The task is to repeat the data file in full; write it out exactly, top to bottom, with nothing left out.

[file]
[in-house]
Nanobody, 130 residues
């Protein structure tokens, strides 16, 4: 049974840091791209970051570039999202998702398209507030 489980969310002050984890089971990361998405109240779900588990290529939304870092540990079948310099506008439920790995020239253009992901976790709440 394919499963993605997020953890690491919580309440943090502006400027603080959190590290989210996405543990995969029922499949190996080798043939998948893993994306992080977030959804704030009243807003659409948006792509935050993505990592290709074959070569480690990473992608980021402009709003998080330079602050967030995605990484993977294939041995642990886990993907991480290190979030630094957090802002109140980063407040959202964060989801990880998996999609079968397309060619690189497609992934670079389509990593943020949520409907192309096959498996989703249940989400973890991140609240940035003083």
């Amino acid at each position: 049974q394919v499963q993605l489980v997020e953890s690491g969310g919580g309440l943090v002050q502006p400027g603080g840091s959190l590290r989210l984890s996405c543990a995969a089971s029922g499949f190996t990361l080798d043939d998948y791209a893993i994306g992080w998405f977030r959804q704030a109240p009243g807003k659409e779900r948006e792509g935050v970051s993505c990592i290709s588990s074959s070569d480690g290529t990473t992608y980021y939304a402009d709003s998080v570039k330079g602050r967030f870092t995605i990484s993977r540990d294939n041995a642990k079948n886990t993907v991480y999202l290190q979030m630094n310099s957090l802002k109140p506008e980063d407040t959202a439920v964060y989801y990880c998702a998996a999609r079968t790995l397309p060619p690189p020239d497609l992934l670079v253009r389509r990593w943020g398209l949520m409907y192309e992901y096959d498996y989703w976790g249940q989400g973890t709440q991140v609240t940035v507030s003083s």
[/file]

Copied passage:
[in-house]
Nanobody, 130 residues
């Protein structure tokens, strides 16, 4: 049974840091791209970051570039999202998702398209507030 489980969310002050984890089971990361998405109240779900588990290529939304870092540990079948310099506008439920790995020239253009992901976790709440 394919499963993605997020953890690491919580309440943090502006400027603080959190590290989210996405543990995969029922499949190996080798043939998948893993994306992080977030959804704030009243807003659409948006792509935050993505990592290709074959070569480690990473992608980021402009709003998080330079602050967030995605990484993977294939041995642990886990993907991480290190979030630094957090802002109140980063407040959202964060989801990880998996999609079968397309060619690189497609992934670079389509990593943020949520409907192309096959498996989703249940989400973890991140609240940035003083």
């Amino acid at each position: 049974q394919v499963q993605l489980v997020e953890s690491g969310g919580g309440l943090v002050q502006p400027g603080g840091s959190l590290r989210l984890s996405c543990a995969a089971s029922g499949f190996t990361l080798d043939d998948y791209a893993i994306g992080w998405f977030r959804q704030a109240p009243g807003k659409e779900r948006e792509g935050v970051s993505c990592i290709s588990s074959s070569d480690g290529t990473t992608y980021y939304a402009d709003s998080v570039k330079g602050r967030f870092t995605i990484s993977r540990d294939n041995a642990k079948n886990t993907v991480y999202l290190q979030m630094n310099s957090l802002k109140p506008e980063d407040t959202a439920v964060y989801y990880c998702a998996a999609r079968t790995l397309p060619p690189p020239d497609l992934l670079v253009r389509r990593w943020g398209l949520m409907y192309e992901y096959d498996y989703w976790g249940q989400g973890t709440q991140v609240t940035v507030s003083s």